“It’s like a rollercoaster”
Oliver Tompsett is currently rolling his dice 8 times a week in Guys and Dolls
but across his career, he’s also stretched his singer-songwriter muscle, releasing a self-produced album called Sentimental Heart back in 2007. Containing 12 songs written by him, including a duet with Ashleigh Gray, it’s an impressively diverse album which incorporates a wide range of influences along its central pop-rock axis.
Opening with the relaxed funk of the title track then quickly moving to the upbeat vibe of ‘Femme Fatale’ establishes the general mood of uplifting fun – it’s impossible not to bop your head along to the infectious chorus of ‘Come On Back’ and the brassy musicality of ‘Rollercoaster’ feels like it could easily fit in with any of the songs in The Commitments.
He’s really quite affecting in the quieter moments too – the gently strummed ‘Fell In Love’ is just lovely, ‘Love You All Over Again’ is just a puff of dry ice away from being an epic power ballad but works beautifully with the restraint exercised here. And that duet with Gray, ‘Count On Me’, does the trick perfectly, their vocals intertwining intricately with skill.
If there’s any complaint, one could say that you don’t always get the strongest sense of musical identity from Tompsett’s songwriting, a consequence of the variety here and the lack of follow-up album, but it’s a small bugbear for what is otherwise an enjoyable listen.
Rebel Wilson is actually hugely successful as Miss Adelaide, finding the perfect balance between playing the role as written and bringing enough of her own personality to firmly put her stamp on the part. An impressive West End debut. As for this motley crew, someone should tell them to sit down, sit down, sit down…
Turns out luck really is a lady tonight.
“Follow the fold and stray no more”
In the merry-go-round of theatres and shows and transfers and tours, the success of the West End transfer of Chichester Festival Theatre’s Guys and Dolls has seen it divide itself in two – the promised UK tour will go ahead through to the summer but the show remains in the West End as well, skipping from the Savoy to the Phoenix to replace the outgoing Bend it like Beckham.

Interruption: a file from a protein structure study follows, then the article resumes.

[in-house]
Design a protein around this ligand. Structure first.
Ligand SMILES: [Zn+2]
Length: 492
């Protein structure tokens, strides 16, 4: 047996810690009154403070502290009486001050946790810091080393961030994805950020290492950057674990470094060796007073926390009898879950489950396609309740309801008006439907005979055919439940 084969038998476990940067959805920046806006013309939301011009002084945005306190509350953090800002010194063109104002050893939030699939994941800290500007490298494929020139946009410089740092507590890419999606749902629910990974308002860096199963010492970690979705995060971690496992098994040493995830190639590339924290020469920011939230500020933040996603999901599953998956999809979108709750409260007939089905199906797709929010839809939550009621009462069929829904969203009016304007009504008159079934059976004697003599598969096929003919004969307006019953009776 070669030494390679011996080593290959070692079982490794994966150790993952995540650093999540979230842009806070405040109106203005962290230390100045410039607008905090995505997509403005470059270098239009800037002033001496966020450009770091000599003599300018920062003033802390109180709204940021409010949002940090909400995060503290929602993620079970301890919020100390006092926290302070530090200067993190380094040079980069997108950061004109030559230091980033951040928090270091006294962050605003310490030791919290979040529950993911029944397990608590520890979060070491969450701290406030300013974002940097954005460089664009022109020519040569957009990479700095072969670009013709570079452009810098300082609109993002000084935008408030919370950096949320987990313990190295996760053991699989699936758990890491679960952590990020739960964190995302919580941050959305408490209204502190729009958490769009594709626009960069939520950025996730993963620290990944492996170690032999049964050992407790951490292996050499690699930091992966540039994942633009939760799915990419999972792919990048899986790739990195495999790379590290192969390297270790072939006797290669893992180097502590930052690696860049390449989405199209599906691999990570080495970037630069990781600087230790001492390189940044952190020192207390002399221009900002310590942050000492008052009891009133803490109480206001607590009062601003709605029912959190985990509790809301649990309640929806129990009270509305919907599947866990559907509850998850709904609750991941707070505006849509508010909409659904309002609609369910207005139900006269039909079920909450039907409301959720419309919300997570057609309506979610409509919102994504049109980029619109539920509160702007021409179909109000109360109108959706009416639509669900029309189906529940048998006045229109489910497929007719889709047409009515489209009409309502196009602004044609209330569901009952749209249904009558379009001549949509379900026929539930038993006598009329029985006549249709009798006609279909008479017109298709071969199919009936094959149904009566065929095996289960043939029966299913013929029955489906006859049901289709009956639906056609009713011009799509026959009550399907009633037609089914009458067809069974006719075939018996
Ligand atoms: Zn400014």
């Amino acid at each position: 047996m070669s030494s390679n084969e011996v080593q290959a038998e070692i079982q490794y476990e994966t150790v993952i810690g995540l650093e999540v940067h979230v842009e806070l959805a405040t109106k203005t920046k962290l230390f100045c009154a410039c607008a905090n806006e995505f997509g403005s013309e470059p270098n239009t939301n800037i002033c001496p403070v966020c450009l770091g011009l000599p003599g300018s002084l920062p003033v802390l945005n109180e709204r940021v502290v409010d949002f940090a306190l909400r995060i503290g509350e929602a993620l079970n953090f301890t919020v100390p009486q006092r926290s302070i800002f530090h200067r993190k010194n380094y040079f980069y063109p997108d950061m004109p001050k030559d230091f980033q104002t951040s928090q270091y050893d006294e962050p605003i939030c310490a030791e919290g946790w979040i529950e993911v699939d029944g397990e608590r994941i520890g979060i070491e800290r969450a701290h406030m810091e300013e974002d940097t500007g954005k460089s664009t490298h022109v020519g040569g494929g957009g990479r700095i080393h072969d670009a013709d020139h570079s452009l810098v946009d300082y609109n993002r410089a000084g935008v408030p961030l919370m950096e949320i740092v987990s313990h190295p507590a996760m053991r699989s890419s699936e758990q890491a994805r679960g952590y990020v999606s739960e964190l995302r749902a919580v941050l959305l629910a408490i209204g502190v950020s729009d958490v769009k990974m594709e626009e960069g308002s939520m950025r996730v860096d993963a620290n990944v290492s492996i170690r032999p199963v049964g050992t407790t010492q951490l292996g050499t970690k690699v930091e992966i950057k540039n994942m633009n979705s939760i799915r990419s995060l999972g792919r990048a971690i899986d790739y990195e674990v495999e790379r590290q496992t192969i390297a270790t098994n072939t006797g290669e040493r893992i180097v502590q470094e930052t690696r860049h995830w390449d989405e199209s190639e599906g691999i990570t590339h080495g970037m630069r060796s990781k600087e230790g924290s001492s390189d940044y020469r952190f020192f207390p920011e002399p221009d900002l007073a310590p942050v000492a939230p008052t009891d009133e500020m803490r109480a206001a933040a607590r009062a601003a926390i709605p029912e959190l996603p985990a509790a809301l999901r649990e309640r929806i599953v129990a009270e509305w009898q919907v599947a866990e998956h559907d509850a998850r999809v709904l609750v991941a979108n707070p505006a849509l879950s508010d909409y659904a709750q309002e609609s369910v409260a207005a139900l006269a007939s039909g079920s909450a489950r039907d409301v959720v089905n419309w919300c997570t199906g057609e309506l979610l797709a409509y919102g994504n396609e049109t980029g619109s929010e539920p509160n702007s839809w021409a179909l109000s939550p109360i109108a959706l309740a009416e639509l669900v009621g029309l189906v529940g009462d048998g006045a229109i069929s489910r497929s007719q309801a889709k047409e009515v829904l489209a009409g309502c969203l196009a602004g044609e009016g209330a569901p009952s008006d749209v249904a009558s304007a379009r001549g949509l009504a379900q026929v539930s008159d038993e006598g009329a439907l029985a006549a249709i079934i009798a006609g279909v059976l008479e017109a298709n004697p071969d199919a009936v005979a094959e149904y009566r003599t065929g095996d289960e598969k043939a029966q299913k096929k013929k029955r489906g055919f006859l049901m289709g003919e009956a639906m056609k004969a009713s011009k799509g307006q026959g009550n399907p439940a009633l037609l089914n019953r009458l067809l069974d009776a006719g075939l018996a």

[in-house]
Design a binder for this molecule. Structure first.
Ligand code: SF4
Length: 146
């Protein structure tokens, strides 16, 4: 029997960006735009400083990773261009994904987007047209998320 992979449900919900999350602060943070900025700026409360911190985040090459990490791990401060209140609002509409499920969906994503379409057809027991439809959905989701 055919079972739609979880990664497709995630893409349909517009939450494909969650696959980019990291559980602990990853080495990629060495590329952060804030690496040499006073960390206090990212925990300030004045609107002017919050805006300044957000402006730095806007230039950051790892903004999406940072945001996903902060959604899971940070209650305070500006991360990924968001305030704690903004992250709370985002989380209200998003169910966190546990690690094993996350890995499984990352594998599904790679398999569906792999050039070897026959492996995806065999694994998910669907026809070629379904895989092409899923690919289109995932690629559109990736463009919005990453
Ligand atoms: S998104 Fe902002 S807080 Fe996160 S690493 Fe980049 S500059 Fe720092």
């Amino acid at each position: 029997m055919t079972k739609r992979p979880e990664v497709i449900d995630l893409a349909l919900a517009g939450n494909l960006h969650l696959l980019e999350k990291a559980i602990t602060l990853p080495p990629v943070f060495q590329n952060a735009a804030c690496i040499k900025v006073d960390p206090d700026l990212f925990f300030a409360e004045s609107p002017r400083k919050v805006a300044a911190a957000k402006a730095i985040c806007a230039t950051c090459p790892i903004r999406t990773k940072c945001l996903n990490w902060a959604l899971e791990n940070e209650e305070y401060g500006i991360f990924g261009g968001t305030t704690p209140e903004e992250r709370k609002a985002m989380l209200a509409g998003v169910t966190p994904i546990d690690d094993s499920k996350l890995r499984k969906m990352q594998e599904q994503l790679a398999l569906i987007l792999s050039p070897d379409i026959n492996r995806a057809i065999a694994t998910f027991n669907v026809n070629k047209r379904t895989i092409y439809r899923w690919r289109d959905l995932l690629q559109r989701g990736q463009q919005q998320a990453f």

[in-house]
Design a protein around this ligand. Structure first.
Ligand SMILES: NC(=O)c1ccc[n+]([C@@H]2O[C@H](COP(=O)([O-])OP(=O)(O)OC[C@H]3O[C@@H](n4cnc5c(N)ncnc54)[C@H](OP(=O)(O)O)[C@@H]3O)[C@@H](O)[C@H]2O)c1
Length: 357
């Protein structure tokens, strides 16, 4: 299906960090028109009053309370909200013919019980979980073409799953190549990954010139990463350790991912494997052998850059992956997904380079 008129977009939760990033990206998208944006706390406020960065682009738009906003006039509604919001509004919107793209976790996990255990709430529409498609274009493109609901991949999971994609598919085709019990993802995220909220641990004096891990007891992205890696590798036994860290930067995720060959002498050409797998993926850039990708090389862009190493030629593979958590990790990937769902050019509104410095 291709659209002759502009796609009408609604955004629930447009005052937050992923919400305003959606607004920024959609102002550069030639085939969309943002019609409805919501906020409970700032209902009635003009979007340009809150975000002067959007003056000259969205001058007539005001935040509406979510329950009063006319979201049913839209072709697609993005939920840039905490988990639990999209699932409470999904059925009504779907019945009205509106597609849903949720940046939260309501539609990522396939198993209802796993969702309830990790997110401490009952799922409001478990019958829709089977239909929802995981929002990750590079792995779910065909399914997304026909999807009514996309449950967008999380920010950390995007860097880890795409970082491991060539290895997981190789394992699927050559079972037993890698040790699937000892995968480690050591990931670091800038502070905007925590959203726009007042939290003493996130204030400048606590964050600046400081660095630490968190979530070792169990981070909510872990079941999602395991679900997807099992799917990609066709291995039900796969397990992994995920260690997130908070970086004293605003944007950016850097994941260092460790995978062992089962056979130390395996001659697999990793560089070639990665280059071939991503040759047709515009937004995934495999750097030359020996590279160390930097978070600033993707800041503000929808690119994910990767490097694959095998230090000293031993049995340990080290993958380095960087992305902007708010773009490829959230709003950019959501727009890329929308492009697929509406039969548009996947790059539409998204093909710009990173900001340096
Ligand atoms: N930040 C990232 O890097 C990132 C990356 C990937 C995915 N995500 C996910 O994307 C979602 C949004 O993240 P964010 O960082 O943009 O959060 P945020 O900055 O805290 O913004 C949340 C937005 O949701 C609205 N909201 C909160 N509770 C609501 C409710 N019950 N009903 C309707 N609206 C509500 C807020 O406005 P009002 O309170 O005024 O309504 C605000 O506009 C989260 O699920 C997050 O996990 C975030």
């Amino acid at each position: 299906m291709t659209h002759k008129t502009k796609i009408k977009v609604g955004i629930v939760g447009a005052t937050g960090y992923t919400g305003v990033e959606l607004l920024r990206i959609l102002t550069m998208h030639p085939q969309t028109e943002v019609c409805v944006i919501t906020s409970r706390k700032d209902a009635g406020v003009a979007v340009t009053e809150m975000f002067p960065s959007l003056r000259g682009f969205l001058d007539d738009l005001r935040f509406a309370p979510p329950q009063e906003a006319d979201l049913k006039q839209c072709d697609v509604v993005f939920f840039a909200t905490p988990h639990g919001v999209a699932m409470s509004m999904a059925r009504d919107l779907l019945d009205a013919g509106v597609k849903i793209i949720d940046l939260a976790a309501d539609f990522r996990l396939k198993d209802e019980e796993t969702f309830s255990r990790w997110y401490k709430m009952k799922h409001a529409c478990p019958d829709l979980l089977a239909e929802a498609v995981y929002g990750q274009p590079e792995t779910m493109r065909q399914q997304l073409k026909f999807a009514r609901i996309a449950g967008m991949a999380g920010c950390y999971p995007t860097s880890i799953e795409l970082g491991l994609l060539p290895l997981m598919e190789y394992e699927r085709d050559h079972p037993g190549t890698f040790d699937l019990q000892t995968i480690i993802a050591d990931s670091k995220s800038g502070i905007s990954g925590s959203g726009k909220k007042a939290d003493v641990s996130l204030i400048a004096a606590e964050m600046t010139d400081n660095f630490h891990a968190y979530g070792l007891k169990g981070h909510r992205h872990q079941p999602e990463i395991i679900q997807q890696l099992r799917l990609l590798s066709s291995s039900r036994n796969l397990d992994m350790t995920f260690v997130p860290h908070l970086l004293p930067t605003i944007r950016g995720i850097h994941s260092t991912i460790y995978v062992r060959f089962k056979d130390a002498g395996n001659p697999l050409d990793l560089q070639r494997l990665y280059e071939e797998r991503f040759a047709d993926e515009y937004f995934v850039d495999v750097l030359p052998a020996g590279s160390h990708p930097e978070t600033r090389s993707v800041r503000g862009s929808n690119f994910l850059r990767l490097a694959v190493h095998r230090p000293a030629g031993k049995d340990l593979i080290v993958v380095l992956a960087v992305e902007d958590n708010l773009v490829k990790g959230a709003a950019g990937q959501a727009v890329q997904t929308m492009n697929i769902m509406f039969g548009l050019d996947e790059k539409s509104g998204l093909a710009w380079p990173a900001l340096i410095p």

It’s my third time at the show. I saw the original run in Chichester and the transfer to the Savoy and hadn’t planned to return. But as ever, the lure of the recast leads sucked me in. Siubhan Harrison remains with the company but with Samantha Spiro, Oliver Tompsett and US actor Richard Kind joining the team (plus the excellent Jason Pennycooke), my barely-there resistance melted away. Continue reading “Re-review: Guys and Dolls, Phoenix”
“What dancing in the park? What laughter in the dark?”
I always find it hard to write much about cabarets that doesn’t just end up as a list of the songs sung, so I’m keeping it short for this one. With the extensive tour of Anything Goes shortened by economic necessity, opportunities to see its leading lady Debbie Kurup again have become available sooner rather than later which has proven something of a bonus. She’ll be in Rhythm of Life, a Cy Coleman celebration later this week but right now she is delving into the work of John Kander and Fred Ebb in The World Goes Round, a cabaret first put together in 1991.
It cherry-picks from a wide range of Kander and Ebb’s collaborations, for film and TV as well as stage, and digs deep into the catalogue to feature lesser known shows like The Happy Time and The Act as well as the marquee numbers like Cabaret and Chicago. And as such it makes for an interesting journey through some brilliant songwriting and in the intimate surroundings of The Pheasantry in this Speckulation Entertainments prodiction, some excellent musicianship from the band of three led by Kris Rawlinson. Continue reading “Review: The World Goes Round, Pheasantry”
“And there it is…”
For a composer who hasn’t had a major show on over here, Scott Alan inspires an amazing amount of evangelical joy from his fans. This has come from a series of albums and concerts in which his songwriting has been showcased by a wide-ranging collection of Broadway and West End stars, culminating in a rapturously received residency at the St James Theatre a couple of months ago. I like his work, having previously reviewed a couple of his albums, but I haven’t been as ecstatic as some about it so I thought I’d go back to the ones I hadn’t listened to.
His double album Live offers reworkings of many of his songs and mixes things up further by retaining many of his frequent collaborators but letting them loose on different songs, even switching up genders on some of them. It’s a great move – Natalie Weiss smashes the joyful ‘I’m A Star’, Laura Osnes wraps her delicate voice beautifully around ‘Now’ and Jeremy Jordan is charming as ever on ‘Please Don’t Let Me Go’ and that’s all in the opening five songs. The slightly indulgent length of the album means we don’t always maintain such intense quality over both discs plus bonus tracks.
Continue reading “CD Review: Scott Alan Live”